Tuesday, May 29, 2012
41. The Left Hand of Darkness by Ursula K. LeGuin
I believe that Ursula K. LeGuin's The Left Hand of Darkness is a pretty classic piece of sci-fi literature. Having stayed up late to finish the last 100 pages last night, I would have to agree and add that it is also a cracking good adventure story (at least the second half which is basically a gripping 800-mile trek through an ice planet's freezing northern pole). I guess, other than a few short stories, this is the only book that takes place in the Ekumen universe. It's a shame, because it is such a rich concept for a series (so says the guy always complaining about excessive trilogies and series). The Ekumen represent a loose federation of planets. Their mission is to find other planets with sentient life and to ask them to join them. Their mandate is non-aggressive, mainly managing communications, fostering trade and organizing data (services which are much needed where ideas can be shared much easier than actual stuff due to the time involved in travel). They first send investigators who study the planet in secret. When they decide it has potential, they send a single Envoy, whose job it is to find the best way to approach the polity (or polities) of the planet and make the Ekumen's offer. Obviously, this is quite complicated and potentially dangerous in practice.
In this case, the planet is Gethen or Winter and it is basically a frozen planet with a ring of civilization around its equator. The people are hardy, stolid and have a very different method of reproduction than us. They are basically asexual except for a period of a week where they go into kemmer, become sexually active and then either take a male or female form (not quite sure how they decide this) and get it on. What's interesting sociologically, from the Envoy's perspective, is that because of this set-up, sex is not really present in Gethenian culture. They get right into it when it is the kemmer, but the rest of the time, because there are no genders, no sexual hierarchy and no sexual frustration or dominance, it makes for a very different society. The other factor is the cold. Everybody is fighting to survive and if you transgress, punishment is to be exiled and turned away, which almost always means death in the cold.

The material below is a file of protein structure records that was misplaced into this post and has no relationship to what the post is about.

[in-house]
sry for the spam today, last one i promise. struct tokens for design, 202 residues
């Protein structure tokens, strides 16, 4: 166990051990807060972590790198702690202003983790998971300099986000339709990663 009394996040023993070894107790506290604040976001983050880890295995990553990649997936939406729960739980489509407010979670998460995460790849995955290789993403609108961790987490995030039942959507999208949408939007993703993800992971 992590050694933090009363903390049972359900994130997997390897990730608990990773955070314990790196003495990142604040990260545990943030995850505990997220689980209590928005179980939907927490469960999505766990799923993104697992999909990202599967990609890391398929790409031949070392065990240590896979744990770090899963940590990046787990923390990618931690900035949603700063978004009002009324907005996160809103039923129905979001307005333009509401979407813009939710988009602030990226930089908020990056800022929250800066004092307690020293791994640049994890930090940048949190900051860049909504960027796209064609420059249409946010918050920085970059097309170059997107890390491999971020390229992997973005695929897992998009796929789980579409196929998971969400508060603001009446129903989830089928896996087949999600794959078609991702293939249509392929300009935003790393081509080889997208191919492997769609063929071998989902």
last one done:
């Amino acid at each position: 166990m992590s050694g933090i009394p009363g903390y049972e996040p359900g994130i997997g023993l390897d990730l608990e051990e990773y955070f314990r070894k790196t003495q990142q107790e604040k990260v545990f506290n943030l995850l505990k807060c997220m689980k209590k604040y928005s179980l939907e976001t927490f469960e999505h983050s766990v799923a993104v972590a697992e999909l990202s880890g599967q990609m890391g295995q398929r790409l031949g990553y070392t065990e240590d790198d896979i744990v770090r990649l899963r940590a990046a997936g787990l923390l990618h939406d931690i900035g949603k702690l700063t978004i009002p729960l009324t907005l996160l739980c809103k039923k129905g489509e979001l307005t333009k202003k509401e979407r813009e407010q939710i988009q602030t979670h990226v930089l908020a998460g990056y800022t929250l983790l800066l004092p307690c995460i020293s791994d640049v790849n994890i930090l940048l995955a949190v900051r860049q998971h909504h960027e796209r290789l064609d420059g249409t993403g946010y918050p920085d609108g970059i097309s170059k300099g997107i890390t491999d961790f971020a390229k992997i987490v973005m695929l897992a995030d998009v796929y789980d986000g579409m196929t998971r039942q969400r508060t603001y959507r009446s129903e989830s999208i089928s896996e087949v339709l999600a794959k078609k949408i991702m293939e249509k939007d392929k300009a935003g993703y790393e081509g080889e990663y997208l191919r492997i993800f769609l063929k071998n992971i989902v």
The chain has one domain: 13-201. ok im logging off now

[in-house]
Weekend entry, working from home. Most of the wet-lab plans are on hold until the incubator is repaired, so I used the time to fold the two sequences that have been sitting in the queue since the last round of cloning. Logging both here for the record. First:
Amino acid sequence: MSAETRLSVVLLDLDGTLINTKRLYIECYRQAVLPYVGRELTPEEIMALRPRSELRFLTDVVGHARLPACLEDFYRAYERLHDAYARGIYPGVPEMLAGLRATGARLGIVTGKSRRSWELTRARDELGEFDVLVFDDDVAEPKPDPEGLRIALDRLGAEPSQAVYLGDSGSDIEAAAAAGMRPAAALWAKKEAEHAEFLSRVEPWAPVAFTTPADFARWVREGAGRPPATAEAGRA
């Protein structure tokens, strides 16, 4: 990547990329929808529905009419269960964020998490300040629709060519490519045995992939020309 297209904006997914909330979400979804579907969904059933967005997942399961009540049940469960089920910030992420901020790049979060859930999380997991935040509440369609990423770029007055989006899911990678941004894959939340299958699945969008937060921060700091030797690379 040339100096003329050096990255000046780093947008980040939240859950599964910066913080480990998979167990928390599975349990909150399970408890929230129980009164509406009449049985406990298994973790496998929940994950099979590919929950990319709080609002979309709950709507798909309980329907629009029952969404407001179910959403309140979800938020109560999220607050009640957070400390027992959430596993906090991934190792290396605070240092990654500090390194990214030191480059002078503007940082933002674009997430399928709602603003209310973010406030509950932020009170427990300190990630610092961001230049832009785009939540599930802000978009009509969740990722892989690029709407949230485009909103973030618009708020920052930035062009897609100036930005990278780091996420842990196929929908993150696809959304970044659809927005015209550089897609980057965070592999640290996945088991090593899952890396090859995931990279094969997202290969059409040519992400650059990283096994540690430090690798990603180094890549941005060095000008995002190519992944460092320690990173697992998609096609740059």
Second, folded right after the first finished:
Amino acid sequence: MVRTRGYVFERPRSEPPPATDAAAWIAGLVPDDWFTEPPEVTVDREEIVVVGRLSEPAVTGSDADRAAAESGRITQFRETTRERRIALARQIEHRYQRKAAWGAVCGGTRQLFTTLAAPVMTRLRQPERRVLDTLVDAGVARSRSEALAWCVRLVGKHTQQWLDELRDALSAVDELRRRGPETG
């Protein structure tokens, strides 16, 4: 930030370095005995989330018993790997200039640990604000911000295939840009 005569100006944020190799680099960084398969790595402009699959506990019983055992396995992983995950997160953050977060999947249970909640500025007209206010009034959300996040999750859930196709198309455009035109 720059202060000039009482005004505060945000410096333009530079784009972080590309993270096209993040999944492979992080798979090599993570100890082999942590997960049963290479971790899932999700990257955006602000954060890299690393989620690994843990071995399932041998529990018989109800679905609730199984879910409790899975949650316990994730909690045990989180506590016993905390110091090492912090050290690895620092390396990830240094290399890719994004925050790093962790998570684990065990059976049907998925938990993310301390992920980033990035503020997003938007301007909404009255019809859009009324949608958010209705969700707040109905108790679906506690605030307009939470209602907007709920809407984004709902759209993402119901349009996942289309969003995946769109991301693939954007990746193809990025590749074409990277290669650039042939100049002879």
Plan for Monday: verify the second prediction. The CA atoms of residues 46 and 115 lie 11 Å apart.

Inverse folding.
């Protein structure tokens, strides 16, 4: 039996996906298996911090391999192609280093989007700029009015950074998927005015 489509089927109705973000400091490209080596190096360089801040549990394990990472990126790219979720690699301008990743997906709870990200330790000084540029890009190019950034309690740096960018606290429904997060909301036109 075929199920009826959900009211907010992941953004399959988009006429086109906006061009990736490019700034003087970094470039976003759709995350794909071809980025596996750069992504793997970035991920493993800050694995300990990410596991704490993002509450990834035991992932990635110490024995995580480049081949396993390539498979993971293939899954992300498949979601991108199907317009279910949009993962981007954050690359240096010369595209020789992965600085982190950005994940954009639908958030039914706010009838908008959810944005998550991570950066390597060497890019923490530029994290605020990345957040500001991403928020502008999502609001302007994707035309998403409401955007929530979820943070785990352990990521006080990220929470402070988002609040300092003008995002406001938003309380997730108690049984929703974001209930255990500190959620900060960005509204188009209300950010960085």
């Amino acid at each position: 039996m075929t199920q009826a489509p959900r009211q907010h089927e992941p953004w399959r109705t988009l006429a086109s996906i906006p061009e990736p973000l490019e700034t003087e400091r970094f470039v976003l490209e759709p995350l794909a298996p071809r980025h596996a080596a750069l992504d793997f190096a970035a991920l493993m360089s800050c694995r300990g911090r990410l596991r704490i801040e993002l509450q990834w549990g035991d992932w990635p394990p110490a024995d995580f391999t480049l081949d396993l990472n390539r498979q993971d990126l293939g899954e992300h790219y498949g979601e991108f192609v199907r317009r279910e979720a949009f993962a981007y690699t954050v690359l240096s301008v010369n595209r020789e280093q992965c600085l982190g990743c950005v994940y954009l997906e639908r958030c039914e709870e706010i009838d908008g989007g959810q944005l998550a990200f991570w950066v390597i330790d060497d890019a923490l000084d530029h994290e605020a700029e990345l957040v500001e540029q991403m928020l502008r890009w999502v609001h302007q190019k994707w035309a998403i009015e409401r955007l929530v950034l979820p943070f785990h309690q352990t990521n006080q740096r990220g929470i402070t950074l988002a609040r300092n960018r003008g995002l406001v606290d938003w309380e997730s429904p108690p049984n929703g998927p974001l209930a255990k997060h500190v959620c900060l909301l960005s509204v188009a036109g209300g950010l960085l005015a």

So you can see how in 1969 when this book was released, it caused a bit of a stir. I imagine it was probably an exciting read for a lot of young nerds not sure about their own gender preferences. What I really enjoyed about it in today's post-feminist environment was how reasonably and thoughtfully LeGuin addresses the subject. This to me is where science fiction is the best. She isn't telling us what should be or what is good, simply what is (and she goes into this in an annoyingly cutesy 1976 introduction). By maintaining an outsider's perspective (that of the Envoy) as well as creating a richly-imagined, logically-consistent world, she gets us to question our own perspectives and beliefs most effectively. It's very elegantly done.
Though the gender theme is what made this book famous, I think it is actually much more of a story of a friendship and about two people from very different cultures trying to bridge the differences between them. The overarching storyline is about the Envoy trying to make his way among the machinations of the governments of Gethen, almost the entire second half of the book follows the Envoy and a disgraced politician as they make an epic journey across the planet's icefields. It's a thrilling outdoor adventure, especially cool because they do have some great tech with them, but it is still a harrowing, survivalist affair. It is also about the two people (one is a man and the other a Gethenian) coming to understand each other and becoming friends. It's quite touching.
So in short, super cool book and deserved sci-fi classic. I note also the LeGuin was born in Berkeley!